Shoftim and Shotrim – Judges and police refer to the power of the intellect (Judges) and the power of the emotion / heart (police). The Torah is telling us that we have to learn to be in control of both our intellect and our emotion. We have to develop the ability to tell ourselves “no” when we are not supposed to do something. Rather than to always give in to every urge and whim that we feel, even when it is wrong, the Torah demands that we must learn to control ourselves. The temporary feeling of hardship to control a desire, is followed by a most powerful feeling of satisfaction at having overcome it, and being stronger than it.

Immediately after this, the Torah tells us to be an honest judge, and not to pervert judgment. Continuing in the flow of the previous thought,  we are warned that when we have to make a decision, we have to weigh the factors influencing our thoughts with complete honesty. We have to recognize that when we feel inclined to take it easy, we may be influenced by laziness; when we are doing a mitzvah in public we may be pushed forward to do so by a desire for honor,…

As we read the Parsha, and look around the community seeing what effect powerful honest judges can have on the community, we also have to see what powerful effect being honest personal judges can have on ourselves. If we can push ourselves to think before we act, to retrain our deeds until we see if they are the right thing to do, we will certainly live happier lives, and be better servants of Hashem.

Wishing you and your family a Great Shabbos!!!!!!!! 

Rabbi Moshe Travitsky

To sponsor an issue of the Kollel Connection, please email BJOC@bensalemoutreach.org  Sponsorships are only $36 a week.

Asara B’Teves | The Kollel Connection

Asara B’Teves | The Kollel Connection

Bensalem Jewish Outreach Center

December 13, 2013 – Candle lighting 4:16, Shabbos Ends 5:24

Note: Times are for Bensalem; Check your local calendar for exact times in your area.

Rabbi Moshe Travitsky

Rabbi Moshe Travitsky

This Friday we mark the fast day of Asara B’Teves, the tenth day of Teves. The reason we fast on this day, is because this is the day that Nebuchadnezzar, the Babylonian king, laid siege to Jerusalem, ultimately breaching its walls and destroying the Temple after a few years. The obvious question that we must ask is, why would we mark the day that siege was laid to Jerusalem so many years later? Our pain for the laying siege of Jerusalem would seem to be only as a prelude to its destruction; once we already fast on Tisha B’Av, the ninth day of Av, which was the day the Temple was actually destroyed, why would we also mark Asara B’Teves?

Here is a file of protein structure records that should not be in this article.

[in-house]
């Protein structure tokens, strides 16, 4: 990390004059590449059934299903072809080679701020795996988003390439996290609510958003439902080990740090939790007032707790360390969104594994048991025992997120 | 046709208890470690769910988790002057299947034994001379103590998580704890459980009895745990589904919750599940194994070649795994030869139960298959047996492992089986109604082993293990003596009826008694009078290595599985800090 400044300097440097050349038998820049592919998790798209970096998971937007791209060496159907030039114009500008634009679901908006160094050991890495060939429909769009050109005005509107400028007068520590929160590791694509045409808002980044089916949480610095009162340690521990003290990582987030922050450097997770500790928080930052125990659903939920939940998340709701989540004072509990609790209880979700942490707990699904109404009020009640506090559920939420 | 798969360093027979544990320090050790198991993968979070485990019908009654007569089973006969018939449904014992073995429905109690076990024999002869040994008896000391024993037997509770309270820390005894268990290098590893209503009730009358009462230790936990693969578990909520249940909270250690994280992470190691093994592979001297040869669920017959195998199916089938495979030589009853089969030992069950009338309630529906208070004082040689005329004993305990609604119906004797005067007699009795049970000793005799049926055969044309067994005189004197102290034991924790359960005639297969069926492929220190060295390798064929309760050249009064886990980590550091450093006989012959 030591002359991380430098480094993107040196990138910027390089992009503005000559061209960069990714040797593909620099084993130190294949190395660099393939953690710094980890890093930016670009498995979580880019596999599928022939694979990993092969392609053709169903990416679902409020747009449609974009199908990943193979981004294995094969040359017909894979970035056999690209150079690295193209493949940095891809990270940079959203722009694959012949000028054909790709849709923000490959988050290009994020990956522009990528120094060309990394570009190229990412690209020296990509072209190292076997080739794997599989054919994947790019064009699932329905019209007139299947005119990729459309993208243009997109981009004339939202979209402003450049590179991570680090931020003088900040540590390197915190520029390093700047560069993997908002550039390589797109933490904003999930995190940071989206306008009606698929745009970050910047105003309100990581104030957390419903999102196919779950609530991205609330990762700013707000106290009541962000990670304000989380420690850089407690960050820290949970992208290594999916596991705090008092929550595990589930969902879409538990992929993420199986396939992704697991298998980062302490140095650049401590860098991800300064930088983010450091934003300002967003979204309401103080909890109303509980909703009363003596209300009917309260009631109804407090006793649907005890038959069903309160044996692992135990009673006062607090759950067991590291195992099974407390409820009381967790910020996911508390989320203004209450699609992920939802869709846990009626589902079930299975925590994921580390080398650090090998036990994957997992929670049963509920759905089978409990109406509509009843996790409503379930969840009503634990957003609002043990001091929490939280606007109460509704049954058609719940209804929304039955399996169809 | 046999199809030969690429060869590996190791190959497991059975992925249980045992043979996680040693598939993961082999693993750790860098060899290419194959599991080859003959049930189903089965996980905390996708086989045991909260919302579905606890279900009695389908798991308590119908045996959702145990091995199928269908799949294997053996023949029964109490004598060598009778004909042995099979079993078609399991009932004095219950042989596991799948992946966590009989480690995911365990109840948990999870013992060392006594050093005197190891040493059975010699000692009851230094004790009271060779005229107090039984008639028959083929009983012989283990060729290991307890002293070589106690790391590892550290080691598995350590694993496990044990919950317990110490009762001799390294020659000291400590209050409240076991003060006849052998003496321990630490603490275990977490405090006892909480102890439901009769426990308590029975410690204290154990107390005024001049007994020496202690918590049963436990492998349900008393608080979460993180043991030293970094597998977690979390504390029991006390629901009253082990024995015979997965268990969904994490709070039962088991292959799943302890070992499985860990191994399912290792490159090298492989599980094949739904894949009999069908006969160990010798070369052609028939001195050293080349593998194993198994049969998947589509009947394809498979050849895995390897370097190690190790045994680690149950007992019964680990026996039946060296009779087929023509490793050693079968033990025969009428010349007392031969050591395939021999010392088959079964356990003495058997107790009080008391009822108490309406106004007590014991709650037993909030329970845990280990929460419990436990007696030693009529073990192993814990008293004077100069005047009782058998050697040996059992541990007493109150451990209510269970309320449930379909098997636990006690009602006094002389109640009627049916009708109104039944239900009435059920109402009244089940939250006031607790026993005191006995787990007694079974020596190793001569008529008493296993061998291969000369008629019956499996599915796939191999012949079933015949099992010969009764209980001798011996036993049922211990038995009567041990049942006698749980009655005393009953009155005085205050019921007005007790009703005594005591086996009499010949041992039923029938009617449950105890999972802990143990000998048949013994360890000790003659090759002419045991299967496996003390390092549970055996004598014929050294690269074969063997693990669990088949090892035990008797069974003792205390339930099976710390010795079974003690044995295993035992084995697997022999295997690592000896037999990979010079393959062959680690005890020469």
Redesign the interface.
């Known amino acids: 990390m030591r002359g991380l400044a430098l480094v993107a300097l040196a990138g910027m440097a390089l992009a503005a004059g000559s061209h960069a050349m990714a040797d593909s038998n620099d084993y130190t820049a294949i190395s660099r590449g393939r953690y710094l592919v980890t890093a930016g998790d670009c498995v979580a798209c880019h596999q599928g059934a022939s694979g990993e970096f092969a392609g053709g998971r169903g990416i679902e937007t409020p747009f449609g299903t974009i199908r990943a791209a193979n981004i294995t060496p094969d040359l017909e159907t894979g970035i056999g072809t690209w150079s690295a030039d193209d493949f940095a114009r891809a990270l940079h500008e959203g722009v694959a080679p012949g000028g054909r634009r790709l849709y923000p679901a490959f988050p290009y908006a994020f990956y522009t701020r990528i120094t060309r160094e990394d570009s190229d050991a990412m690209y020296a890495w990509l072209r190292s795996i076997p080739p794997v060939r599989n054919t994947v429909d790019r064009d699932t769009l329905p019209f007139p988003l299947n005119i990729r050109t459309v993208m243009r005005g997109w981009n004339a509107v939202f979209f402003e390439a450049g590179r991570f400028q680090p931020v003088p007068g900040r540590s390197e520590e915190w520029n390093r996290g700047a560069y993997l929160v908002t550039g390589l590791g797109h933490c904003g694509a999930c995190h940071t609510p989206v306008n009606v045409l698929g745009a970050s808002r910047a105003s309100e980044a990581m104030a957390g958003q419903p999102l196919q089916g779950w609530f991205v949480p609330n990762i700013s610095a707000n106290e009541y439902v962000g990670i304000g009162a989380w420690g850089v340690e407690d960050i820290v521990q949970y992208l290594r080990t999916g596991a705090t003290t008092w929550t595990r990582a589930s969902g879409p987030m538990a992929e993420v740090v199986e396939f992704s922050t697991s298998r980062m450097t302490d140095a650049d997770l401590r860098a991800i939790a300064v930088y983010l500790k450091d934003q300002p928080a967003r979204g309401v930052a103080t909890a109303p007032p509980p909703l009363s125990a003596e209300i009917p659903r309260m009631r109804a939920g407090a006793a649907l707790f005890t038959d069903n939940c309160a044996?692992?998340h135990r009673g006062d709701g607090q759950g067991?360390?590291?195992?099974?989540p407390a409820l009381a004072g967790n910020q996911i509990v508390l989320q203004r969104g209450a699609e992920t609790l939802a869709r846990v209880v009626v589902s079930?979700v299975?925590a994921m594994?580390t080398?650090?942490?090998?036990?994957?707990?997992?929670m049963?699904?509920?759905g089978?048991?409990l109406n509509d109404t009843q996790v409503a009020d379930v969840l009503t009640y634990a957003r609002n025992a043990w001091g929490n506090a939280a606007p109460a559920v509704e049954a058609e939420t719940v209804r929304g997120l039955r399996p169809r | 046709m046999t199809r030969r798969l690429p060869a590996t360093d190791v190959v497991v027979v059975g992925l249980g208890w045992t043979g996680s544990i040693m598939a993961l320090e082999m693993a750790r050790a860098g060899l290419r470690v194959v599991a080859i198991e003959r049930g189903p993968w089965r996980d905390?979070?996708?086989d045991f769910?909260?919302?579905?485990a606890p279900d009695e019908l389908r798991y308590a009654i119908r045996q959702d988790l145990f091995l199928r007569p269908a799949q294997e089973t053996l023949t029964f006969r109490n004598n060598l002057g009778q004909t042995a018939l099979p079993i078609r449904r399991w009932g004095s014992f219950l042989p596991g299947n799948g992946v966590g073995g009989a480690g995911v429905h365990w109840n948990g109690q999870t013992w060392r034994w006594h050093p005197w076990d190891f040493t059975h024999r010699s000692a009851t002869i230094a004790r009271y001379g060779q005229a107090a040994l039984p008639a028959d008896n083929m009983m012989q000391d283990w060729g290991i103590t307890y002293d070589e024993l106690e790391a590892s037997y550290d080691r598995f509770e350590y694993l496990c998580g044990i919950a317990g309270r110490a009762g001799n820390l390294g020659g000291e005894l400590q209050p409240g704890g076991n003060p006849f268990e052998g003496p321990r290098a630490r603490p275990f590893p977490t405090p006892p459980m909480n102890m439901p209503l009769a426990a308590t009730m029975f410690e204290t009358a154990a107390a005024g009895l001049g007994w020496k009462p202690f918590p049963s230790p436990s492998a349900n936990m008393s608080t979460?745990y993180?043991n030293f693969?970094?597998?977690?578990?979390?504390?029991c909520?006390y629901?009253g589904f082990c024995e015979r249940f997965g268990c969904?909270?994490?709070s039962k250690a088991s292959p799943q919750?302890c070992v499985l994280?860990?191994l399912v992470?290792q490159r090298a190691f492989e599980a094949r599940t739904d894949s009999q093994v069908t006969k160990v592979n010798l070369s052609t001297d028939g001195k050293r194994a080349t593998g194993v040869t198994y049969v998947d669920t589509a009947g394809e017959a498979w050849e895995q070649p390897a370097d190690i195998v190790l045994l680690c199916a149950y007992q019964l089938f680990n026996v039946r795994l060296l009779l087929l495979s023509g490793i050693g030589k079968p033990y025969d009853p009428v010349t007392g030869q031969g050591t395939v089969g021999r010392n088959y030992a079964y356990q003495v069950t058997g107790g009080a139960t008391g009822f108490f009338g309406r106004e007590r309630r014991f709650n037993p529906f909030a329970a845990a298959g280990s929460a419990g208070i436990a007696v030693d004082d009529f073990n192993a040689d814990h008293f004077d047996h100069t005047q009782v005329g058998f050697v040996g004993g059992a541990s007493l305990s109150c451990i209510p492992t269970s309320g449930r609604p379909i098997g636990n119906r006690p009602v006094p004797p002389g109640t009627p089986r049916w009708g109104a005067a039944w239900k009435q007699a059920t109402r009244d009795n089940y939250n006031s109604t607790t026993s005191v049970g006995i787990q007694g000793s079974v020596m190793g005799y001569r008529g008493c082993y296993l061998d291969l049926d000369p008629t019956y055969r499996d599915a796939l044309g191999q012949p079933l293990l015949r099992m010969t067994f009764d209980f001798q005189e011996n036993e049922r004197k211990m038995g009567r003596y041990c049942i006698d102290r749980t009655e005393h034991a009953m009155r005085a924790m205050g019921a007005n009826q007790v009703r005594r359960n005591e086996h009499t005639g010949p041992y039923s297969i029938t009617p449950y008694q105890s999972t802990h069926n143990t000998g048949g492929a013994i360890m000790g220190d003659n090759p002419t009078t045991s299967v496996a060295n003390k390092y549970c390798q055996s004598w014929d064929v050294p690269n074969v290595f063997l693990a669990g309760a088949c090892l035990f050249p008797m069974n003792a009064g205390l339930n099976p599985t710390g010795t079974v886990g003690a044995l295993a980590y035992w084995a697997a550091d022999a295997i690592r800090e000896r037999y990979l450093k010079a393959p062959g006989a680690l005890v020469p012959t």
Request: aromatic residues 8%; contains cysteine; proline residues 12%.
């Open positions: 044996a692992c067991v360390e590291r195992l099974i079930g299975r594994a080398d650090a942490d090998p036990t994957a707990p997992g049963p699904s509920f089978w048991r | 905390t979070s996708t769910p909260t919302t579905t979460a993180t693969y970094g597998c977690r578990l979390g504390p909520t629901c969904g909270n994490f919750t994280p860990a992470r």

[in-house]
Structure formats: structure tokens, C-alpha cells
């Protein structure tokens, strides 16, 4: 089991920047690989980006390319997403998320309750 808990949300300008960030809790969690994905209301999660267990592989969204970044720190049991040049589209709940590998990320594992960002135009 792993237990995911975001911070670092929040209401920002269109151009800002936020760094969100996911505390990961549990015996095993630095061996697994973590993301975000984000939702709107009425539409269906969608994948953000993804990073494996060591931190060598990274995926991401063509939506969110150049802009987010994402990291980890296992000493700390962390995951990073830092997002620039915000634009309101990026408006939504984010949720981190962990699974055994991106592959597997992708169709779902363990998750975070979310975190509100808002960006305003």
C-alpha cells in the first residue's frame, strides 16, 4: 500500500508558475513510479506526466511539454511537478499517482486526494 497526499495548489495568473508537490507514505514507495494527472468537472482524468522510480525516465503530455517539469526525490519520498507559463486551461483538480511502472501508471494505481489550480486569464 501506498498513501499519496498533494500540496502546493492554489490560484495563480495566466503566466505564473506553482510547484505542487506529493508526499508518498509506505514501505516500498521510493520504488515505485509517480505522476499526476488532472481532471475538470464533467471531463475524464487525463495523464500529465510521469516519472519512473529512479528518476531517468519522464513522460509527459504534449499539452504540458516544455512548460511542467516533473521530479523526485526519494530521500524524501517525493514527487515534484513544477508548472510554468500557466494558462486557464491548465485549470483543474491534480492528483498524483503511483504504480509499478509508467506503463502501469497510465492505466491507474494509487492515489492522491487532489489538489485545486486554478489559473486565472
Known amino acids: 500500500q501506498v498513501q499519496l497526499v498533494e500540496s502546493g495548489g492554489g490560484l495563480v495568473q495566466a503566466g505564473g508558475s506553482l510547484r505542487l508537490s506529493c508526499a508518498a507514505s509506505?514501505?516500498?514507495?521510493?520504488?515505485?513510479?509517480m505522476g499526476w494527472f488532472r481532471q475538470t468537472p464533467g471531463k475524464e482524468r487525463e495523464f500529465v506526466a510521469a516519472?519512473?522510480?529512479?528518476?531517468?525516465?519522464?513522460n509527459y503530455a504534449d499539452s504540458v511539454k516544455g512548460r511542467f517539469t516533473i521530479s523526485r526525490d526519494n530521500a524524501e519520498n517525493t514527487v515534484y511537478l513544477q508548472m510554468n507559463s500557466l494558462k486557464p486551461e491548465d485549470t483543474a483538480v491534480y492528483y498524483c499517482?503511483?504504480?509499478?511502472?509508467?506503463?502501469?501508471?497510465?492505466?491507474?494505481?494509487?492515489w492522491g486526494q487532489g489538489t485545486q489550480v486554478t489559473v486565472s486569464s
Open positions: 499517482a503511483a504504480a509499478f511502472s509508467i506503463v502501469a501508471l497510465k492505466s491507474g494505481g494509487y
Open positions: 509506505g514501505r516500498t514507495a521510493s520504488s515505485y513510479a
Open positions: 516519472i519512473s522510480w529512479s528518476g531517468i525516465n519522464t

The Torah tells us that if Asara B’Teves would come out on a Shabbos, we would fast on Shabbos. At first glance, this seems very puzzling. We know that when Tisha B’Av comes out on Shabbos, we push off the fast until Sunday. Why would Asara B’Teves be different?

The only time we find that one may fast on Shabbos, is when one needs merit for a danger that they are in right now. When one is merely commemorating a past tragedy, one does not fast on the Shabbos. Asara Bteves commemorates the beginning of the physical destruction of the Temple. The lesson that it teaches us, is that we have to look not only at the end result, what happened at the end, but also at what caused the problem. If we are told this on the physical level, this is certainly true on a spiritual level. What the fast of Asara B’Teves teaches us, then, is that we have to look at the root cause of the destruction of the Temple, not just at the final outcome.

The Talmud tells us that the second Temple was destroyed because of baseless hatred among Jews. The Chofetz Chaim quotes the words of our Sages that not only did this sin of sinas chinam, baseless hatred, cause the destruction of the Temple 2,000 years ago. Every generation that the Temple is not built, we say it is for the same sin of baseless hatred that caused it to be destroyed. If so, the fast of Asara B’Teves tells us to look at the root of the destruction of the Temple as a current problem, not just as a past one. This helps us understand why we would fast on Asara B’Teves even if it is on a Shabbos – for we are not simply marking a past historical event, but are   marking the current cause of our exile.

If we want to rectify this sin, we must change the feeling of baseless hatred that affect us and instead plant feelings of love among Jews. In the Parsha  that we read this week, Parshas Vayechi, we read of the blessings that Jacob gives to his sons right before he dies. He tells them “Hikabzu vagida lachem es asher yikra eschem bacharis hayamim” – gather and I will tell you what will happen to you in the end of times. (Genesis 49:1) The shelah writes that the lesson Jacob was teaching his sons was, that if you want to get to the end of times – if you want to have the Messiah come, then the only way to accomplish this is hikabzu – be together. When you promote and feel unity, then you will be able to merit the coming of the messiah. May we soon see that time when all Jews unite, and our true feelings of care and concern for each other bring us the coming of the Messiah. Amen!

Wishing you and your family a Great Shabbos!!!!!!!! 

Rabbi Moshe Travitsky

To sponsor an issue of the Kollel Connection, please email BJOC@bensalemoutreach.org  Sponsorships are only $36 a week.